JUNEAU, Alaska (Legal Newsline) - Alaska Attorney General Michael Geraghty filed a lawsuit in federal court this week, seeking a declaratory judgment that two sections of the federal Voting Rights Act are unconstitutional.
Geraghty sued on behalf of the state in the U.S. District Court for the District of Columbia Tuesday. U.S. Attorney General Eric Holder is the named defendant.
In the 16-page complaint, the state is seeking a declaratory judgment that Sections 4 and 5 of the VRA of 1965, as amended in 2006, are unconstitutional -- both facially and as applied to Alaska.
The state also is seeking injunctive relief preventing enforcement of the two sections of the act.
The VRA was enacted by Congress in 1965 to enforce the Fifteenth Amendment in the face of persistent voting discrimination against blacks, primarily in the southern states.
Section 4 established a factual test to determine which states or political subdivisions within a state were covered by Section 5's remedial provisions. It included all states and political subdivisions where a test or device was used as a prerequisite for voting and less than 50 percent of voting age residents voted in the 1964 presidential election.
Section 5 requires that the "covered jurisdictions" must submit any changes in their voting laws or procedures to the U.S. Department of Justice for "preclearance" before the change can be implemented.
The purpose of this section is to prevent covered jurisdictions from replacing discriminatory and invalid voting laws with new discriminatory enactments.
The VRA included "bailout" provisions that permit a covered jurisdiction to escape the requirements of Section 5 if specified criteria are met.
Alaska bailed out of coverage in 1966 without objection from the justice department.
The VRA then was renewed in 1970, and the coverage formula was updated to include data from the 1968 election. Alaska again became a covered jurisdiction, but again bailed out without objection from the justice department.
Five years later, the act was renewed again.
At that time, Congress amended the VRA to expand the scope of the act's protections to "language minorities."
Section 4 of the 1975 VRA designated as a covered jurisdiction any state for "which the attorney general determine[d] maintained on Nov. 1, 1972 any test or device, and with respect to which the director of the Census determine[d] that less than 50 per centum of the citizens of voting age were registered on Nov. 1, 1972, or that less than 50 per centum of such persons voted in the presidential election of November 1972."
The section also defined "test or device" as used in the first part of the test to include "any practice or requirement by which any state or political subdivision provided any registration or voting notices, forms, instructions, assistance, or other materials or information relating to the electoral process, including ballots, only in the English language, where the Director of the Census determines that more than five per centum of the citizens of voting age residing in such State or political subdivision are members of a single language minority."
Pursuant to the 1975 VRA, the attorney general and the director of the Bureau of the Census determined that Alaska was a covered jurisdiction based on the state's native population and the fact that "English only" voting materials were used in 1972.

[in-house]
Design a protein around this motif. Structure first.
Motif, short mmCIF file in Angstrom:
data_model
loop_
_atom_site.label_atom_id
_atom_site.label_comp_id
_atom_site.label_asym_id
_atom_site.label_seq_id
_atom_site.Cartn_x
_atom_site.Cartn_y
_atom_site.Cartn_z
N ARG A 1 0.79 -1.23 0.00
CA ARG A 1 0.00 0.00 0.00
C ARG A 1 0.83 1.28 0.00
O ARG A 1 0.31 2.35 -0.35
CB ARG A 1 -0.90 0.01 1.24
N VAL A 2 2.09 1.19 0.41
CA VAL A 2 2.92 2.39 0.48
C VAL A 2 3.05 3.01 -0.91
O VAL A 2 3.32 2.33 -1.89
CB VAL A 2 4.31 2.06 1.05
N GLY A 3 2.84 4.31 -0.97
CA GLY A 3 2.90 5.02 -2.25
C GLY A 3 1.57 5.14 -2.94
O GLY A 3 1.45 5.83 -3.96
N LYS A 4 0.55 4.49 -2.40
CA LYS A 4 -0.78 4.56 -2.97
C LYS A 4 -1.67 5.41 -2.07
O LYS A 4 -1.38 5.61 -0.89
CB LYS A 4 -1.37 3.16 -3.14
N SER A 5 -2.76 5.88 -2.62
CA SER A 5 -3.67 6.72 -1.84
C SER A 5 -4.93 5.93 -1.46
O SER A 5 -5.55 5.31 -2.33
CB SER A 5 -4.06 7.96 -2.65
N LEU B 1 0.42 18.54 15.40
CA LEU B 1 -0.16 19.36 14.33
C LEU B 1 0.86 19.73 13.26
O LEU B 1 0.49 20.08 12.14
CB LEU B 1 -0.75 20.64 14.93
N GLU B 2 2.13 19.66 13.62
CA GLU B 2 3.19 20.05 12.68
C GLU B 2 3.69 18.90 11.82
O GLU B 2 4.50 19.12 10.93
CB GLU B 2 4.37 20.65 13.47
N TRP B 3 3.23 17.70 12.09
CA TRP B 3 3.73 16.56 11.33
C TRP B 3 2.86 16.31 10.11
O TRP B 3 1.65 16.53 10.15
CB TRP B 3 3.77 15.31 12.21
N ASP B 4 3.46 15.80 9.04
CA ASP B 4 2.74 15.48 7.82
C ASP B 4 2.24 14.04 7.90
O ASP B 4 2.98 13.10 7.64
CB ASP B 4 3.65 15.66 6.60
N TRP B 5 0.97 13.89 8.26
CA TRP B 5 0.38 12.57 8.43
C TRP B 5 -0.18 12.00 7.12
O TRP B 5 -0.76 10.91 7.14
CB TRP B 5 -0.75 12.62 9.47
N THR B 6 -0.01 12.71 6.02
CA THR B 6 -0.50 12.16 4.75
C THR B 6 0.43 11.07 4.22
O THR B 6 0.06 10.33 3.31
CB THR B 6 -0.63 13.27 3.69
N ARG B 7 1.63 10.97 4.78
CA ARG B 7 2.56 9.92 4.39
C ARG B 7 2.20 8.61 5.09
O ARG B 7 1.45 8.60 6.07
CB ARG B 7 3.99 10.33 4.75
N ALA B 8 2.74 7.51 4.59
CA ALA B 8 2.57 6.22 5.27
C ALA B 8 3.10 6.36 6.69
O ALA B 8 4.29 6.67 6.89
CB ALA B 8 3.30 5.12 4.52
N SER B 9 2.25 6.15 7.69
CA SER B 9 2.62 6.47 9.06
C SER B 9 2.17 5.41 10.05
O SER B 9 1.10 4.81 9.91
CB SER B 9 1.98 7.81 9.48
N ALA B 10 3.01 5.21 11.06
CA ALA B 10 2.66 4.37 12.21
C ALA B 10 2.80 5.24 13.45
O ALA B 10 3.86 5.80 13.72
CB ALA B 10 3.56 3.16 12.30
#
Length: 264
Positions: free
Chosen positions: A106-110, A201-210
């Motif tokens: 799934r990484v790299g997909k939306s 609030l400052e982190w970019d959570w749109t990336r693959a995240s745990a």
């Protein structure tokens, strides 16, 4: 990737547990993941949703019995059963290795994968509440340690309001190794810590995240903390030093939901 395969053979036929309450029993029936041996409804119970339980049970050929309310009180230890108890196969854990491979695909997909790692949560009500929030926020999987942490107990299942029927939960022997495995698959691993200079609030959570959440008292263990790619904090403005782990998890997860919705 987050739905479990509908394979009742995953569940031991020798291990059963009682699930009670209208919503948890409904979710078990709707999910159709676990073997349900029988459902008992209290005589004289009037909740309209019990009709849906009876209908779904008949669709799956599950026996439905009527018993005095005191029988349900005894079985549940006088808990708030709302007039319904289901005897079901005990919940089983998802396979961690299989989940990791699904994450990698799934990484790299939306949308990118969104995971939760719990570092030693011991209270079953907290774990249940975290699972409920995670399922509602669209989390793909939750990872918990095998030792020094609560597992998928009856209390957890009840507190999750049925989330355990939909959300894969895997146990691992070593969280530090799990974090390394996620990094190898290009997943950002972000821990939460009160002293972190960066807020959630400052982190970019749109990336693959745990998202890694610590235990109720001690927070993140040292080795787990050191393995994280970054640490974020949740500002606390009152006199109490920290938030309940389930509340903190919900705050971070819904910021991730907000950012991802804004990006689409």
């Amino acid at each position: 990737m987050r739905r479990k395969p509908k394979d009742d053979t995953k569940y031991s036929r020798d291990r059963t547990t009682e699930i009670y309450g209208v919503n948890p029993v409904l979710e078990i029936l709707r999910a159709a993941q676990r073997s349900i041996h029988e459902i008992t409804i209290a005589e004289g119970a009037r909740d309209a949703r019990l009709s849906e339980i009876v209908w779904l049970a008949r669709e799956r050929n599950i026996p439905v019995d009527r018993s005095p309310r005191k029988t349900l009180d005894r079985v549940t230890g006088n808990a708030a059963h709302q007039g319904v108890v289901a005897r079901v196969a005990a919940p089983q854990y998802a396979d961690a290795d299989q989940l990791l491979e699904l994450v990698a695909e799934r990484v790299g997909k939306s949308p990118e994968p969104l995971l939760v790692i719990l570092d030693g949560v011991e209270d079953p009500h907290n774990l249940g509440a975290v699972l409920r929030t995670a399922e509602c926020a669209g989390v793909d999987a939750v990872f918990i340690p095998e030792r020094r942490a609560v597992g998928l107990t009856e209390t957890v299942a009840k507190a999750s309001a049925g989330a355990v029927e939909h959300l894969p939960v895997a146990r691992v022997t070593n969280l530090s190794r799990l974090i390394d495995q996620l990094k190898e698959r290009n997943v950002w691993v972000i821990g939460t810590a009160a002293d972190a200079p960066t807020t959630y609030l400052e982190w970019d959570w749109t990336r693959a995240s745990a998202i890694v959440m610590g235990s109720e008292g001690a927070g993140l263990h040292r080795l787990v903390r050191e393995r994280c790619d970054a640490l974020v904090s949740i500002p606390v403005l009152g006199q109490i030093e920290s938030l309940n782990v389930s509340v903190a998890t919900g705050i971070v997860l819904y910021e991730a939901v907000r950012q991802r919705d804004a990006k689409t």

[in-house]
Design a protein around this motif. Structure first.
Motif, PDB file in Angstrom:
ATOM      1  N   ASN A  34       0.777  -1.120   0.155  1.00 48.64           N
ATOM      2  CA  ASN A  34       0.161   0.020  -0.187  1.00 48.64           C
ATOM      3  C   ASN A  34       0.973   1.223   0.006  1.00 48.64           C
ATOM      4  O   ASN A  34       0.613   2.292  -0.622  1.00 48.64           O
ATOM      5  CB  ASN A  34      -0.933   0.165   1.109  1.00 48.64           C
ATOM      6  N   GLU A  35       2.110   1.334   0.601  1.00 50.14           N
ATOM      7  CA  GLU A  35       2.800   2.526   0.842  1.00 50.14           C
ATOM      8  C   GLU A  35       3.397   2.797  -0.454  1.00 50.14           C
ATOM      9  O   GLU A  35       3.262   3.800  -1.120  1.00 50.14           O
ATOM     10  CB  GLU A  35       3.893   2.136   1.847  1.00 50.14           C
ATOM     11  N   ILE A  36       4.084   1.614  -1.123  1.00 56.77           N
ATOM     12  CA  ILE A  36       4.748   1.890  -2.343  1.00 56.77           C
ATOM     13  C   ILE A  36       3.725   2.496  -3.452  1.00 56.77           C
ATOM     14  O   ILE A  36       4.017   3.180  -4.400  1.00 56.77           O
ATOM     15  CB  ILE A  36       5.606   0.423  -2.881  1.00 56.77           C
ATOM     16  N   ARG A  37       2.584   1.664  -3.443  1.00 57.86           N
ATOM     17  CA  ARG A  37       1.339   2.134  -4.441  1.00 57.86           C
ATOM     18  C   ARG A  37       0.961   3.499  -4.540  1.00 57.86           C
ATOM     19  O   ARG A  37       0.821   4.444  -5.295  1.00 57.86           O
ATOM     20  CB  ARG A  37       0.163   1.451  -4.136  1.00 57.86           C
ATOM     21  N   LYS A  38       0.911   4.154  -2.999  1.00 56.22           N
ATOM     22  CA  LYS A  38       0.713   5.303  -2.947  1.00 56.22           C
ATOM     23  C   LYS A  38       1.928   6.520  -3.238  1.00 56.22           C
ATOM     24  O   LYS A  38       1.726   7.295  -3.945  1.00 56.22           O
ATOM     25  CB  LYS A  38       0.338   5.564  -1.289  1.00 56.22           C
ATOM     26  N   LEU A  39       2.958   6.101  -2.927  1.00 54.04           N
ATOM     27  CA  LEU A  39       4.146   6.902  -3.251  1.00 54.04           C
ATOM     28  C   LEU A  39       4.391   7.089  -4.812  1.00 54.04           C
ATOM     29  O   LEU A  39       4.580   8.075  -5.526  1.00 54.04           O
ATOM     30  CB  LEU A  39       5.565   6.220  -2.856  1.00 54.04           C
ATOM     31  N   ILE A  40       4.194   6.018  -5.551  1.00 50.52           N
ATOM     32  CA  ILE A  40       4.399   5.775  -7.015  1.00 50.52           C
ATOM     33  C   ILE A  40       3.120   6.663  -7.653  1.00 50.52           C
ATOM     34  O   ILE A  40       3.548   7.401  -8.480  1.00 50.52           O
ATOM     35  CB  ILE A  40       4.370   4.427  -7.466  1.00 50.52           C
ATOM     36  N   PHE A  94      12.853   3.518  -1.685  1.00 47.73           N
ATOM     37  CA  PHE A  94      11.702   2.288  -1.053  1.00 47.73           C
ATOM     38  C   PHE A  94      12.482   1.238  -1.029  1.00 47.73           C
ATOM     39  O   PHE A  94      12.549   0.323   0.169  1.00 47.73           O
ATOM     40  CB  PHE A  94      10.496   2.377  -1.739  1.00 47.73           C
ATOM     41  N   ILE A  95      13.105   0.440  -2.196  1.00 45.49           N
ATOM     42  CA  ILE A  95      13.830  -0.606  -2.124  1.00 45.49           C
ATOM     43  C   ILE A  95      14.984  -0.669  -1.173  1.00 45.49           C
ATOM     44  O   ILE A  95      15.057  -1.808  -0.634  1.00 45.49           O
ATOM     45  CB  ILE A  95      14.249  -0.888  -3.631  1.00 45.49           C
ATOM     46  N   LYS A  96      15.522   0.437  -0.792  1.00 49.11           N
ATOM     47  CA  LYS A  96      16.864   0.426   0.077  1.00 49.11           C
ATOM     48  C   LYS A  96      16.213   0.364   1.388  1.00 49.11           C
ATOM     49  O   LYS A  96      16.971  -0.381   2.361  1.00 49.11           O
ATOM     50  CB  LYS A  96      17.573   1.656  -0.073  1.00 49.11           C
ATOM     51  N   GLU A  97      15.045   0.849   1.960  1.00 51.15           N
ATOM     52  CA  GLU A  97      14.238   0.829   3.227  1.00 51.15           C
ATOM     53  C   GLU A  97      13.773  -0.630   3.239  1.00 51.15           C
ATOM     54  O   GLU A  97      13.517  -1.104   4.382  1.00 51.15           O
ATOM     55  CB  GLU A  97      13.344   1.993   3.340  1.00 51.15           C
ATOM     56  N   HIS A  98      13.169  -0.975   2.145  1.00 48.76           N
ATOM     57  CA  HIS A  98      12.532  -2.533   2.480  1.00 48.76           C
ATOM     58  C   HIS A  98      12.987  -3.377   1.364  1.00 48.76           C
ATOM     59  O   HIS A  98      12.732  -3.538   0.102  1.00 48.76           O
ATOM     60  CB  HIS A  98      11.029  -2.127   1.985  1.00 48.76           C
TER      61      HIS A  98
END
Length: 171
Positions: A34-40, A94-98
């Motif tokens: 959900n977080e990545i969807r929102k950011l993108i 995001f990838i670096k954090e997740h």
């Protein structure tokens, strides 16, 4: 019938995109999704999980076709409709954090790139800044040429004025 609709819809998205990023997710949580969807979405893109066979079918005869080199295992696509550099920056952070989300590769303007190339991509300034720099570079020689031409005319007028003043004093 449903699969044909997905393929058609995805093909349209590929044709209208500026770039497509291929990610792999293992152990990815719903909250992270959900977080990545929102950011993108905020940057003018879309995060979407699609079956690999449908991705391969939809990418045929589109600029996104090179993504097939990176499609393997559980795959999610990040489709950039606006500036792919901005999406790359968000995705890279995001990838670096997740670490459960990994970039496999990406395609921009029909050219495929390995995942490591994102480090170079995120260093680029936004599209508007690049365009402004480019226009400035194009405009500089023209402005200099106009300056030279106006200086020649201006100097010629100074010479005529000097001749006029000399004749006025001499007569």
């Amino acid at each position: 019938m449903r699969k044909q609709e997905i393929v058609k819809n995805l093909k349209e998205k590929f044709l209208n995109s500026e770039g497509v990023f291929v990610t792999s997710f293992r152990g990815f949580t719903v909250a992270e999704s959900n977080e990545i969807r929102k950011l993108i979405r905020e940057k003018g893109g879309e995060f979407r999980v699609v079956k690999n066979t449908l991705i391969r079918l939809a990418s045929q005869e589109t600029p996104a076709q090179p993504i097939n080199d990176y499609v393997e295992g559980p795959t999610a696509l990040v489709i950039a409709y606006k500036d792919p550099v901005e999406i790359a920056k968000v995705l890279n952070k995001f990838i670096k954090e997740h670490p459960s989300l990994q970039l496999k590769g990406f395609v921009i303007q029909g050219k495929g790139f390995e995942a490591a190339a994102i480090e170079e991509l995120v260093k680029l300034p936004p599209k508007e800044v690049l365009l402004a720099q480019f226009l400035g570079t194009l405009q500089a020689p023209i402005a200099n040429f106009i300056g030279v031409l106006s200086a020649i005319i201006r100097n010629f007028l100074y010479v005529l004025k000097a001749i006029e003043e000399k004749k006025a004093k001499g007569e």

In 2006, the VRA was reauthorized.
In particular, Congress reauthorized the 1975 coverage formula that had swept Alaska within its reach.
"But Congress had almost no evidence of discriminatory voting practices in Alaska," Geraghty wrote in the federal complaint.
"The scant evidence about Alaska that did exist in the congressional record is manifestly insufficient to justify Congress' inclusion of Alaska as a covered jurisdiction.
"No evidence before Congress indicated that Alaska should be counted among those jurisdictions where voting discrimination has been most flagrant. Indeed, no such evidence exists."
Alaska's largest minority population is Alaska Native.
According to 2010 Census data, there are 104,871 American Indian and Alaska Native residents.
The attorney general noted in the suit that even before passage of the VRA, the state was committed to ensuring that every eligible voter can effectively participate in its elections.
"Alaska's commitment and responsibility to ensure that every eligible voter can effectively participate in Alaska's elections is independent of Section 5 of the VRA," Geraghty wrote, adding that over the last 30 years the state's Divisions of Elections has made nearly 500 preclearance submissions to secure the necessary federal approval to implement changes in state election laws and practices.
However, Section 5's preclearance requirement is "onerous" and "time-consuming," creates uncertainty and delay, and places the state's elections "at the mercy" of justice department attorneys, the attorney general said.
"Alaska cannot make the smallest change to its election procedures, even those that do not affect minority voting, without prior permission of the Department of Justice," he wrote.
The preclearance requirement, he continued, denies Alaska the "flexibility" and "autonomy" necessary to run its elections and prevents the state from adjusting its election procedures as necessary to respond to "urgent, unforeseen" circumstances.
"For example, if a polling location is damaged or inaccessible due to weather conditions on election day, the need to obtain preclearance would prevent Alaska from lawfully moving the polling place to an accessible, safe location," Geraghty wrote.
The case has been assigned to Circuit Judge Robert L. Wilkins.
From Legal Newsline: Reach Jessica Karmasek by email at firstname.lastname@example.org.